I’ve been reading all my books, watching a lot of YouTube videos, and learning a great deal about so many famous women this month. Like most months where we celebrate various things throughout the year, it is so hard to grasp the depth and breadth of the contributions of so many women who have contributed to what we call our current day reality.
During one of my searches, I discovered this article, which lists the top 100 women inventors in history. Here’s the link: https://www.cadcrowd.com/blog/top-100-famous-female-inventors-in-history-modern-women-inventors/#:~:text=Top%20100%20famous%20female%20inventors%20in%20history%201,%28Unknown%29%208%208.%20Ann%20Lambrechts%20%28Unknown%29%20More%20items
Here are a few women from that list:
Ada Lovelace is responsible for writing the first ever computer algorithm.
Adeline D.T. Whitney is responsible for the creation of alphabet blocks for children.
Alice Ball was responsible for creating the first cure for leprosy.
Ann Tsukamoto was responsible for discovering and isolating stem cells.
If you’d like to be inspired or awe struck, take a look at all the women who have made great contributions to the many technologies we enjoy today. I grabbed four that caught my eye in the early part of the list. There are 96 more. This is again the wonder of women throughout history that have contributed to our current society. Bravo!
If you want to see some great videos of women in history, simply search for them on YouTube. I have watched so many videos on women inventors, women in history, and the other searches I’ve used, it is mind boggling. I simply spend about 20 minutes a day looking at videos to broaden my knowledge of women in history. There are too many to highlight any here. If you’re interested, do a “women in history” search on YouTube, and you’re likely to see the same videos I’ve watched so far.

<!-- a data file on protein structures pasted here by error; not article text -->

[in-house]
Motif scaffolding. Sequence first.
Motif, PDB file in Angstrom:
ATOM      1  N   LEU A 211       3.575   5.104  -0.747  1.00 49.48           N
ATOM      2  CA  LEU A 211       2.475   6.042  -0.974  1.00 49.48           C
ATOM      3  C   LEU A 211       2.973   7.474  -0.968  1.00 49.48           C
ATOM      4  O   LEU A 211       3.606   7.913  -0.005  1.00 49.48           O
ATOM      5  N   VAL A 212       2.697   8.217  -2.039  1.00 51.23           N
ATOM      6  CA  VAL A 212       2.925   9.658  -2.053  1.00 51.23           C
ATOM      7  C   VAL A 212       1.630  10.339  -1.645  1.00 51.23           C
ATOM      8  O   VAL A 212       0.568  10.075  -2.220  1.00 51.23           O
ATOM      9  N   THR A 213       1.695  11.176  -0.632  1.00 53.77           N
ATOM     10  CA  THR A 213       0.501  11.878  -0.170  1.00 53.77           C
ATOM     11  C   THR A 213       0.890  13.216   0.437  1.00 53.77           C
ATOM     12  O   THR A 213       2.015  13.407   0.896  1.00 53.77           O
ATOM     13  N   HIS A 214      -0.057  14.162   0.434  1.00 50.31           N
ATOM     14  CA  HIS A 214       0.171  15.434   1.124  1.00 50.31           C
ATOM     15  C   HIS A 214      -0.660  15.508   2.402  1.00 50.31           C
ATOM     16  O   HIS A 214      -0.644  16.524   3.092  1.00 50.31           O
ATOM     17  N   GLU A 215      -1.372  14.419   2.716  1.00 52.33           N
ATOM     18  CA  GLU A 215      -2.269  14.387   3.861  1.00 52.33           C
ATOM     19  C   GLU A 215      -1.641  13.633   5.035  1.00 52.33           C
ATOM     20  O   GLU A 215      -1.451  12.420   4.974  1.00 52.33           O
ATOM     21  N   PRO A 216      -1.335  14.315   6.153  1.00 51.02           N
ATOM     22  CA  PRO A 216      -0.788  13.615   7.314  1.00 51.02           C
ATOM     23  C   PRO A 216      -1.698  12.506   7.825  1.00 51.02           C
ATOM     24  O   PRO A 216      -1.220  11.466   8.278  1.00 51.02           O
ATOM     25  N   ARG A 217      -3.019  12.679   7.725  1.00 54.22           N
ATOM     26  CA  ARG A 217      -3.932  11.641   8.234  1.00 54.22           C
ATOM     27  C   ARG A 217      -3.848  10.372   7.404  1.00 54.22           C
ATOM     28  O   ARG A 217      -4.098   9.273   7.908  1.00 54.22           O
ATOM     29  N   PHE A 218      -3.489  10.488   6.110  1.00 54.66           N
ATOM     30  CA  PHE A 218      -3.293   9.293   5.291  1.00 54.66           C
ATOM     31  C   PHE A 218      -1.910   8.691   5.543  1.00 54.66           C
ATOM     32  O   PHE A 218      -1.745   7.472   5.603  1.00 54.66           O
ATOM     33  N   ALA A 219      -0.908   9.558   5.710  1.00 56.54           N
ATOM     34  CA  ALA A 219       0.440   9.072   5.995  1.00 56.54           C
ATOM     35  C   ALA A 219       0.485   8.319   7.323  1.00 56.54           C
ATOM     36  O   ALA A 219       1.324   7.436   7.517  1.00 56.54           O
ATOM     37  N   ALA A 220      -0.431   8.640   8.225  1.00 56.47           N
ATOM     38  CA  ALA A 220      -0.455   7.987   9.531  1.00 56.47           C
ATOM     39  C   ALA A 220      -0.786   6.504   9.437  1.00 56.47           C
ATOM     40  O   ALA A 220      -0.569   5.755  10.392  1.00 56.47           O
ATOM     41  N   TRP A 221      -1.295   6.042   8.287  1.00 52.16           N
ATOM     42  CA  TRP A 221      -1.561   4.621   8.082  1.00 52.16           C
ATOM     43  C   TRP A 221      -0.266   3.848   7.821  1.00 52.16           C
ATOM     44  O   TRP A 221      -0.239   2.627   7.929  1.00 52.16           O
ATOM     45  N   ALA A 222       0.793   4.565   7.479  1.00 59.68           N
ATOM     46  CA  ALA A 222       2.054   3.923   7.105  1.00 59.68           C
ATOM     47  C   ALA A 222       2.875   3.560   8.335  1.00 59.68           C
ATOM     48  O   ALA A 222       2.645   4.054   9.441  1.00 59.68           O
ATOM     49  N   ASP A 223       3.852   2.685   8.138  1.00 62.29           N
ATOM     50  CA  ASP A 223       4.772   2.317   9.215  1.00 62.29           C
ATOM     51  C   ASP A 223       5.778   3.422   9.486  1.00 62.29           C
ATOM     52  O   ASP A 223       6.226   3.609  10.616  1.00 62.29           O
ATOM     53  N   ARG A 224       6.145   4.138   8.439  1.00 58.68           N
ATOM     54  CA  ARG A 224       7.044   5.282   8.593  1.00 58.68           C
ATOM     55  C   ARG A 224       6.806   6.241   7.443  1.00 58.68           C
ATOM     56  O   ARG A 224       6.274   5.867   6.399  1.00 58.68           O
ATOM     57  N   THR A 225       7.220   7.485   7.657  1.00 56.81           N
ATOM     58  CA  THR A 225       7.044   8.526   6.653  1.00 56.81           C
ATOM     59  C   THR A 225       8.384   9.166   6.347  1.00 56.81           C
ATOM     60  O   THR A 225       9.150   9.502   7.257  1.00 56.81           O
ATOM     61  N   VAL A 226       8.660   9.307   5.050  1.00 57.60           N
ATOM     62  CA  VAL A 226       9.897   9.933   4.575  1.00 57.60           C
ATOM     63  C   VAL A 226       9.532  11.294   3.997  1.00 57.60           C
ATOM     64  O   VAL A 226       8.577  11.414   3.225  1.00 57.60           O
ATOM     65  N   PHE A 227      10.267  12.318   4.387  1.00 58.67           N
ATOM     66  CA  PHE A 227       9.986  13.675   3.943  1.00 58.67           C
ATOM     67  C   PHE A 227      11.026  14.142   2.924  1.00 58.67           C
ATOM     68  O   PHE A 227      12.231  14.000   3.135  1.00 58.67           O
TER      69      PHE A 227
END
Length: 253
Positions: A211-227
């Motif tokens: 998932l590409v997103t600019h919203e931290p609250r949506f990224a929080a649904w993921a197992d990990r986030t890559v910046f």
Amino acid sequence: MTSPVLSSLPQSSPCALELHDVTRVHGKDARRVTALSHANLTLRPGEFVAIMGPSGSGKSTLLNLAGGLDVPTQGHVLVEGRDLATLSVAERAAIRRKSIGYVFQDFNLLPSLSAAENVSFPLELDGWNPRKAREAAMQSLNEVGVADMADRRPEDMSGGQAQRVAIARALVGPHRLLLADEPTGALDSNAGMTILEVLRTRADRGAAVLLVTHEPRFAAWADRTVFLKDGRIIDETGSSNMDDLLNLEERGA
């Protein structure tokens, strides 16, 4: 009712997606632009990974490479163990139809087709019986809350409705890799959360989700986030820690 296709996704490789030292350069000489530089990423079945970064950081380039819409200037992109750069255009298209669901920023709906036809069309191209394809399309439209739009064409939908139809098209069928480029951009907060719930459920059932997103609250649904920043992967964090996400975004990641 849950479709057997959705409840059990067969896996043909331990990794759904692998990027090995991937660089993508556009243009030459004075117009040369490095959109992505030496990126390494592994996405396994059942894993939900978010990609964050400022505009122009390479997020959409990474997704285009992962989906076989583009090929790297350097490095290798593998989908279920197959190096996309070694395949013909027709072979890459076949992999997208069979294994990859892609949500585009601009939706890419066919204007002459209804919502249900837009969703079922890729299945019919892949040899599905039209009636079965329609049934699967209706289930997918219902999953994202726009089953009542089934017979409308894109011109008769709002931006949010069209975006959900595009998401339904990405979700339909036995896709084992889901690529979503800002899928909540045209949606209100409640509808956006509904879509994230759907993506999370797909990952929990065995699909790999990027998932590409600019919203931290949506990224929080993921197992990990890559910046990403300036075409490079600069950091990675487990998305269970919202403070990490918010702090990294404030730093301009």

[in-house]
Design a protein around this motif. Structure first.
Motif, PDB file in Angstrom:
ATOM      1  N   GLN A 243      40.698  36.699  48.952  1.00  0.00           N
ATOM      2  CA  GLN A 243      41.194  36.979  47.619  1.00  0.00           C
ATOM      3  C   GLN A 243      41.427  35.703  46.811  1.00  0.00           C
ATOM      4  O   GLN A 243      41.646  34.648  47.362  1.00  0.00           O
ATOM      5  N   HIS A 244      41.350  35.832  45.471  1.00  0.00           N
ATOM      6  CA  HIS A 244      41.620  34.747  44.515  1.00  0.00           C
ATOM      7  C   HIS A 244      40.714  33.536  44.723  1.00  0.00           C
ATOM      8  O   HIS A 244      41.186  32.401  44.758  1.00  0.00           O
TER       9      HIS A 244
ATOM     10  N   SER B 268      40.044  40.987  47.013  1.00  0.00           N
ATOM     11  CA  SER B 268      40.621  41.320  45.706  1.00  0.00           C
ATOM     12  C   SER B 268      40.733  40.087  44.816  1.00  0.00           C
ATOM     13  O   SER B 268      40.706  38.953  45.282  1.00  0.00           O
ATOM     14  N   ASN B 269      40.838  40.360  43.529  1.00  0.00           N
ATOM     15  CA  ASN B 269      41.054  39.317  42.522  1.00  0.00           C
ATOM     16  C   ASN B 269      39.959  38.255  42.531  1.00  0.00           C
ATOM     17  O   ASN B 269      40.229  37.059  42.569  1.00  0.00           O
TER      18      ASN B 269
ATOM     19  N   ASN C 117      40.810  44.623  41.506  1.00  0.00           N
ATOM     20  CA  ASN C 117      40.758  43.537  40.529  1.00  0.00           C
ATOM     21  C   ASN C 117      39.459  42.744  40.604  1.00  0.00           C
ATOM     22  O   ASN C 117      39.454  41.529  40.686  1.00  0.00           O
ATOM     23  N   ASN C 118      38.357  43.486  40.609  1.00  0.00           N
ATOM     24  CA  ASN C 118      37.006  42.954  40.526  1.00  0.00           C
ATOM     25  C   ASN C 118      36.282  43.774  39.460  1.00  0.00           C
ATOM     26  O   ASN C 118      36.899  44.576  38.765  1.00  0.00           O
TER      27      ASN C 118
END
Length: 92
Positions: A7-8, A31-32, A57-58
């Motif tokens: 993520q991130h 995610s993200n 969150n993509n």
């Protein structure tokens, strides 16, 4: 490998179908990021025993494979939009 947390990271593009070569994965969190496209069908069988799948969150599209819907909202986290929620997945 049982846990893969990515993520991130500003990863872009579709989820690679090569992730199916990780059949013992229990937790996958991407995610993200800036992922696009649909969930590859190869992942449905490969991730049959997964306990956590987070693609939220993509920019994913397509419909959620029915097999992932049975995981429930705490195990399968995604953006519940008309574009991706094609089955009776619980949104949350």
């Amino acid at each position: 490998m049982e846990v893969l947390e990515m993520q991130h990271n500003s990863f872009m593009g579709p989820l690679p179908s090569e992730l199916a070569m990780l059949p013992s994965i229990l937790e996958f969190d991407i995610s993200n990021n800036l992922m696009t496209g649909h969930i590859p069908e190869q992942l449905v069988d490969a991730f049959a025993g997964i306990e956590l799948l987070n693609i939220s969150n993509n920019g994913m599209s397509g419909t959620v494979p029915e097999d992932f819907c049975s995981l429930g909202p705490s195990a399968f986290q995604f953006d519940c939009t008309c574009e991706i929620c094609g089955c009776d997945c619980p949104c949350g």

Well, I hope you enjoy the link I provided and the adventures you have on YouTube.
What am I learning? ChatGPT. This is Artificial Intelligence. Microsoft has already incorporated this into its web browser Bing, which I use, but the ChatGPT client is something else. You can use this tool to search the internet and create papers, books, and other written artifacts. I’m currently exploring how to use it to learn. Imagine asking ChatGPT about any topic. It will put together a paper for you at the length you specify and even provide the references it uses to support the paper’s claims. I’m very interested in the wars of history. My current interest is the Peloponnesian Wars. I’ll keep you updated on my progress.
If you’d like to try this out for yourself, here’s the link to get started: https://chat.openai.com/auth/login?ref=upstract.com
The log in you create is nothing more than your first name, last name, email address and phone number. You’ll have to verify your email address and phone number and then you’re all set. There’s a Chat GPT +, but I imagine that will cost you some money. For now, I’m going to stick with the free version. It’s pretty cool, so far. I hope you give it a try. It’ll be a great addition to my ability to conduct research on all the things I enjoy learning about.
Well, that’s it for now, folks. I hope you have a great Thursday!
Until next time…